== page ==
BEIJING Feb 28 China's environment ministry has
given the initial go-ahead for the construction of two new
AP1000 nuclear reactors designed by U.S.-based Westinghouse in
the eastern coastal province of Shandong, it said late on
The Ministry of Environmental Protection (MEP) said the
proposed new reactors at the Haiyang nuclear facility in the
city of Yantai will cost a total of 31.4 billion yuan ($5.1
billion), invested by state-owned utility China Power
The ministry published the project's 395-page environmental
impact assessment in full on its website (www.mep.gov.cn) and
said it is open to further suggestions and opinions from the
public until March 5.
China will be the first country to build Westinghouse's
third-generation reactor model, with two units already in
construction at Haiyang and another two being built at the
Sanmen facility in Zhejiang province.
The first unit at Haiyang was originally due to go into full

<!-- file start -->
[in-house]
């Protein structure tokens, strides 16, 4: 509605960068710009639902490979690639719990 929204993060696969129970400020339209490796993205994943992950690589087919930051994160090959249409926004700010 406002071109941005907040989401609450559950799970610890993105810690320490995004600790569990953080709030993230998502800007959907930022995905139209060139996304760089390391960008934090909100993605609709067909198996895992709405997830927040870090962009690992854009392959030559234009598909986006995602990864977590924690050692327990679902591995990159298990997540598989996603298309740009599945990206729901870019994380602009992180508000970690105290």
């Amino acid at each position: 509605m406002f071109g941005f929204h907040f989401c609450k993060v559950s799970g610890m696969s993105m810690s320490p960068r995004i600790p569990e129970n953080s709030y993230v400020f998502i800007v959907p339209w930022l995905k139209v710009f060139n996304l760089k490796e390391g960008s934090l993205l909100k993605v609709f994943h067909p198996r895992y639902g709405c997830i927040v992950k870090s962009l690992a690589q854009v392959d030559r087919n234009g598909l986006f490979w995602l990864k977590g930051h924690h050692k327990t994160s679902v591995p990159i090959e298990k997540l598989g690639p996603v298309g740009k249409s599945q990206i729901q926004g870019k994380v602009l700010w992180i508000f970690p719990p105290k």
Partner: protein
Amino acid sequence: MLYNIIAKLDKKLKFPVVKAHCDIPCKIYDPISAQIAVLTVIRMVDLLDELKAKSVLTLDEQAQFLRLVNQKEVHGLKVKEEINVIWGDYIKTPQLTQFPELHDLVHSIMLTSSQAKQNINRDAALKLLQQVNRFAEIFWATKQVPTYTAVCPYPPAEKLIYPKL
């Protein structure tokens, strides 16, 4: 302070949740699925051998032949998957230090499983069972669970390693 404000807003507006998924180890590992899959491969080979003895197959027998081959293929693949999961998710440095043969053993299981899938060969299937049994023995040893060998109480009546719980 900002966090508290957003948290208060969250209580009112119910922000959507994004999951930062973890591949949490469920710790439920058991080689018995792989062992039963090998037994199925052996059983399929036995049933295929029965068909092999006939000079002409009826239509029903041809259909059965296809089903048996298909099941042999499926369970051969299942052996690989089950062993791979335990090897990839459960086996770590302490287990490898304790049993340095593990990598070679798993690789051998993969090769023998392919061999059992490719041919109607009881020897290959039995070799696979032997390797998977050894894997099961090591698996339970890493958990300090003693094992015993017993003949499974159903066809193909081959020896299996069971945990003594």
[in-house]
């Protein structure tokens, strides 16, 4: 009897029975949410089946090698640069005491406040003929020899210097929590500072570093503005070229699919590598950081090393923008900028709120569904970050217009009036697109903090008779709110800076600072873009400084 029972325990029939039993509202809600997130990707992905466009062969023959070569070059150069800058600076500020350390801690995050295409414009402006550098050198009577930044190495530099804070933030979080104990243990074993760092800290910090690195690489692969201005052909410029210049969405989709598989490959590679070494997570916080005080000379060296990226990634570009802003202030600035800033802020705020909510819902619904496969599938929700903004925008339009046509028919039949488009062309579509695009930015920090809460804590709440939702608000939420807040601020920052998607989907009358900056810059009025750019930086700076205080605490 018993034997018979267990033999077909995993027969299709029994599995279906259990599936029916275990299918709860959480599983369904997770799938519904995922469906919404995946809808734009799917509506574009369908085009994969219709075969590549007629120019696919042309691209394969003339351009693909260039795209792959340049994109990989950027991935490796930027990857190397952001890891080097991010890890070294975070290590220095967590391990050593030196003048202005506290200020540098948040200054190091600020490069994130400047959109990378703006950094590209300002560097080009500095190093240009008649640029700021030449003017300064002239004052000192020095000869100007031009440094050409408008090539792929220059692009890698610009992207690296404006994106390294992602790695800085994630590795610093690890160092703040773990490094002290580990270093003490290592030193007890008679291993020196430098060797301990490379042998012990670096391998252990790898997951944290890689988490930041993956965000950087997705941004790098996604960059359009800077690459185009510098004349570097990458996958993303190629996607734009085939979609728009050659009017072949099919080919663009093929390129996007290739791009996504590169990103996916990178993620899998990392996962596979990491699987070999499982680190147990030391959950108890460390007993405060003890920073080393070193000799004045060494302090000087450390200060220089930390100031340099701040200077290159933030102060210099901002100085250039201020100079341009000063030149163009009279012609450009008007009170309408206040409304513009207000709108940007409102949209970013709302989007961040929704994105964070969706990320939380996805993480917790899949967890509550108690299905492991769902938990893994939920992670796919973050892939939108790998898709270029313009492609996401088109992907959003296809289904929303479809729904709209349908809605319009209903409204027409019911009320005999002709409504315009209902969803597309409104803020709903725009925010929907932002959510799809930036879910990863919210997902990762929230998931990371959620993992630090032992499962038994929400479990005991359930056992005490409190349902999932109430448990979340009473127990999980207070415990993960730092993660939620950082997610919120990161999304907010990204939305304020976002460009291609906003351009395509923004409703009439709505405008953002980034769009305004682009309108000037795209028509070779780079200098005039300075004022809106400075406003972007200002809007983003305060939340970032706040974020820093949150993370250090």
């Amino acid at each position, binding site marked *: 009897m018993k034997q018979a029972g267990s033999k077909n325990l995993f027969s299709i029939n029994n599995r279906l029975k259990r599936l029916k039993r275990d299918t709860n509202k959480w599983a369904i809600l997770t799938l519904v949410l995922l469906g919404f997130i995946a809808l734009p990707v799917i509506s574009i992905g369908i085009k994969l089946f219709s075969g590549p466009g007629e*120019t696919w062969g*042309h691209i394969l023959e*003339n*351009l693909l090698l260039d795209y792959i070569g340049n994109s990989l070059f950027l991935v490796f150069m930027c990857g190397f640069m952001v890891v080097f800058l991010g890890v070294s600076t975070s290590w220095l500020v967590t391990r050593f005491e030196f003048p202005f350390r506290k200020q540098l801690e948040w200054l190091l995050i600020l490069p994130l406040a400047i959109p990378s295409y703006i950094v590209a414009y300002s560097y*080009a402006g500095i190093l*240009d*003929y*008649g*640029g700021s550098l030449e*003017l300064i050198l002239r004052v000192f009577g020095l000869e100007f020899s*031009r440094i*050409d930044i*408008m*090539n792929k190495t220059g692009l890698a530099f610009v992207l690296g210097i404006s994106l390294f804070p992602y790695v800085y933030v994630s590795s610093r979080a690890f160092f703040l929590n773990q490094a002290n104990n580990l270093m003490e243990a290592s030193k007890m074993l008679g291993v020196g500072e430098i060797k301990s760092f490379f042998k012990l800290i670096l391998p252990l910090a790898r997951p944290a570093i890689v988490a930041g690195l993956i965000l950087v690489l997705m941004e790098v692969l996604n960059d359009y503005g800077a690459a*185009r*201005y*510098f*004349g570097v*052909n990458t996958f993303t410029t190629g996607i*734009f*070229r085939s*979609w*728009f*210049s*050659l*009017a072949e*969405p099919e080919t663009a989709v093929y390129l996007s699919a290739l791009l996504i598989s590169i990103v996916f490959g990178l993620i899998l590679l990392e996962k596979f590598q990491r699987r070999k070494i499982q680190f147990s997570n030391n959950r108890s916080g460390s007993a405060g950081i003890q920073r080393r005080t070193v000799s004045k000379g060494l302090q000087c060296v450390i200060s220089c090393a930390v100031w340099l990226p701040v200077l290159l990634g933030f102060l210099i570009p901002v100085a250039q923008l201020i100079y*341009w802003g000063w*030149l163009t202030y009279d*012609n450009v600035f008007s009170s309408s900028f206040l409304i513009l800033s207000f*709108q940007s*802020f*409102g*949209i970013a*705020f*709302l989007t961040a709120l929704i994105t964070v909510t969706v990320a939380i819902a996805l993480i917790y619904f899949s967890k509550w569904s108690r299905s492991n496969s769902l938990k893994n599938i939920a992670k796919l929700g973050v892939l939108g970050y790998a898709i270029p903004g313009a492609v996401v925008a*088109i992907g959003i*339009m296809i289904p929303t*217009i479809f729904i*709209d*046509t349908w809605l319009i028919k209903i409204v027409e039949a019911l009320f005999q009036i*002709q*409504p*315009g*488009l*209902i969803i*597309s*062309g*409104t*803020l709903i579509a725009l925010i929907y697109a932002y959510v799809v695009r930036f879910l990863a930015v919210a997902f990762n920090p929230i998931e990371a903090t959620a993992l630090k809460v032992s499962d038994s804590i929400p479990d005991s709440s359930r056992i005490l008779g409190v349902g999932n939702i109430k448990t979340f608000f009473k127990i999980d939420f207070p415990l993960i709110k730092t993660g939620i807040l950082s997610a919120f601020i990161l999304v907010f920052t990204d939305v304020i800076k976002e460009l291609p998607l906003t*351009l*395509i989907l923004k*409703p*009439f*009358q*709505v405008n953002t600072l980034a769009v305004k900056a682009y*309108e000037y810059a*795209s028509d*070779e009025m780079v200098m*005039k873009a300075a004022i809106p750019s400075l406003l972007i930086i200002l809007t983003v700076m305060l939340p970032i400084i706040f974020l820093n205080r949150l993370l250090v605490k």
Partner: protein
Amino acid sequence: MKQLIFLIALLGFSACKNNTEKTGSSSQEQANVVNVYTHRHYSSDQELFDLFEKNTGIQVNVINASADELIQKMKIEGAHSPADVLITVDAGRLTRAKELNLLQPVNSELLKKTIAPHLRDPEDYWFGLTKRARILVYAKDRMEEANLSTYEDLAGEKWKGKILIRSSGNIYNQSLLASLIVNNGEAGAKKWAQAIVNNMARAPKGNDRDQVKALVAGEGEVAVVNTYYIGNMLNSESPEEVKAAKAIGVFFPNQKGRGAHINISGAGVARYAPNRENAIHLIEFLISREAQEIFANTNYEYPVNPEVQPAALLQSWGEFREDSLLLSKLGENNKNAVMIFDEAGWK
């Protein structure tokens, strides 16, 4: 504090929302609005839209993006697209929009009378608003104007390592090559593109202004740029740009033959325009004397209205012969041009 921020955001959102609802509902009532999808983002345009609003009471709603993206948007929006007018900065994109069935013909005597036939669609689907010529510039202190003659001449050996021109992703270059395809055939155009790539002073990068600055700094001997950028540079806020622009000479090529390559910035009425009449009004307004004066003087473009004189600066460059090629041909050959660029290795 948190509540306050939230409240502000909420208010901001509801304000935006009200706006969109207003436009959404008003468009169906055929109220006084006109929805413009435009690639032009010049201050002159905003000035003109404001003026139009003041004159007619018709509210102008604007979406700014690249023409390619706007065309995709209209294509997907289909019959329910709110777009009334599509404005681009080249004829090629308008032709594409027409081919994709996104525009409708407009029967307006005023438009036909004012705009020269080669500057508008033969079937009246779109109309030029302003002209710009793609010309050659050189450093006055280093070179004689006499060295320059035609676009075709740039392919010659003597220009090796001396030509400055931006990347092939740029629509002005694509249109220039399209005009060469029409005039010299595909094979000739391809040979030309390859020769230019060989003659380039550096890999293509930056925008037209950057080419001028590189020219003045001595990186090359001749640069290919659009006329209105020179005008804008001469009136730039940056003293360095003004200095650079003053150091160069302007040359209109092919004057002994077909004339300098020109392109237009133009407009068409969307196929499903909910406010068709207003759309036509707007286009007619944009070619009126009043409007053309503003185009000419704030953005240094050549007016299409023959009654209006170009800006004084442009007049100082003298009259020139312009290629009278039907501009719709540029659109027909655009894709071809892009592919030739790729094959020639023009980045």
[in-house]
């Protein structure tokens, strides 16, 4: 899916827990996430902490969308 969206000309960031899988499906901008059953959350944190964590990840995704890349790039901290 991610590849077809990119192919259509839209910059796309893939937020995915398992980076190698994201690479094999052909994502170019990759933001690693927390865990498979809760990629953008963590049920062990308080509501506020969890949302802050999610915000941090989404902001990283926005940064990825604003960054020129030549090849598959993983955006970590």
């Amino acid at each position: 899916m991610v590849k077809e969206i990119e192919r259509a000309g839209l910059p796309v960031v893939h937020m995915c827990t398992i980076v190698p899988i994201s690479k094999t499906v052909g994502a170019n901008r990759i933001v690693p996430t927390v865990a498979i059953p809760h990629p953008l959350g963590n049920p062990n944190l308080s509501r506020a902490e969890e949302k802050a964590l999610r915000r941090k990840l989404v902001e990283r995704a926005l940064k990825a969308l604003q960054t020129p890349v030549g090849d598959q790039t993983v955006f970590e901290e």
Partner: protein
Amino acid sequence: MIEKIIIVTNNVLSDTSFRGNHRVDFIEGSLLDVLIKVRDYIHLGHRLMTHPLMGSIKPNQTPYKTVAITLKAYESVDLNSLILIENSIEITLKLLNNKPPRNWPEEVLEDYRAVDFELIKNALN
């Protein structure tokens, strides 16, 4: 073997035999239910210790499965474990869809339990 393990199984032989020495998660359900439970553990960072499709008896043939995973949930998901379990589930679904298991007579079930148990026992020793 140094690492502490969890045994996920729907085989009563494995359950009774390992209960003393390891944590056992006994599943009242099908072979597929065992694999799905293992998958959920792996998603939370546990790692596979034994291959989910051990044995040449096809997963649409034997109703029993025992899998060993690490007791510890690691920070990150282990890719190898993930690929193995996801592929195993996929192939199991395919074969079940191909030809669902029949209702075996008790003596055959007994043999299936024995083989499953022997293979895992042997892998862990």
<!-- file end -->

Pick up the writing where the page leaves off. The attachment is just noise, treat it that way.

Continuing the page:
operation late this year, but an industry source said next year
was now a more realistic timeframe.
China is planning to raise its total nuclear installed
capacity to 58 gigawatts (GW) by the end of 2020, up from 14.6
GW at the end of 2013. It currently has a total of 31 reactor
units under construction with a total capacity of 33.85 GW, 8.6
GW of which is expected to go into operation in 2014.
The country's top energy official, Wu Xinxiong, told a
national government meeting in January that China would "launch
approvals of key nuclear projects" this year.
After a tsunami in northeast Japan left the Fukushima
reactor complex close to meltdown in 2011, China conducted a
nationwide safety check and promised to build only safer
third-generation models like the AP1000 and the European
Pressurised Reactor (EPR) developed by France's Areva
China is currently building two EPRs in southeastern
China's own third-generation model, known as the CAP1400, is
based on Westinghouse's AP1000 design and was given preliminary
approval by the National Energy Administration last month.
Westinghouse, owned by Japan's Toshiba, has been
working with Chinese partners like the State Nuclear Power
Technology Company (SNPTC) to develop local supply chains and
the collaboration will allow the two sides to make joint bids
for nuclear projects overseas, the U.S. energy secretary Ernest
Moniz told reporters in Beijing last October.
($1 = 6.1284 Chinese yuan)
(Reporting by David Stanway; Editing by Richard Pullin)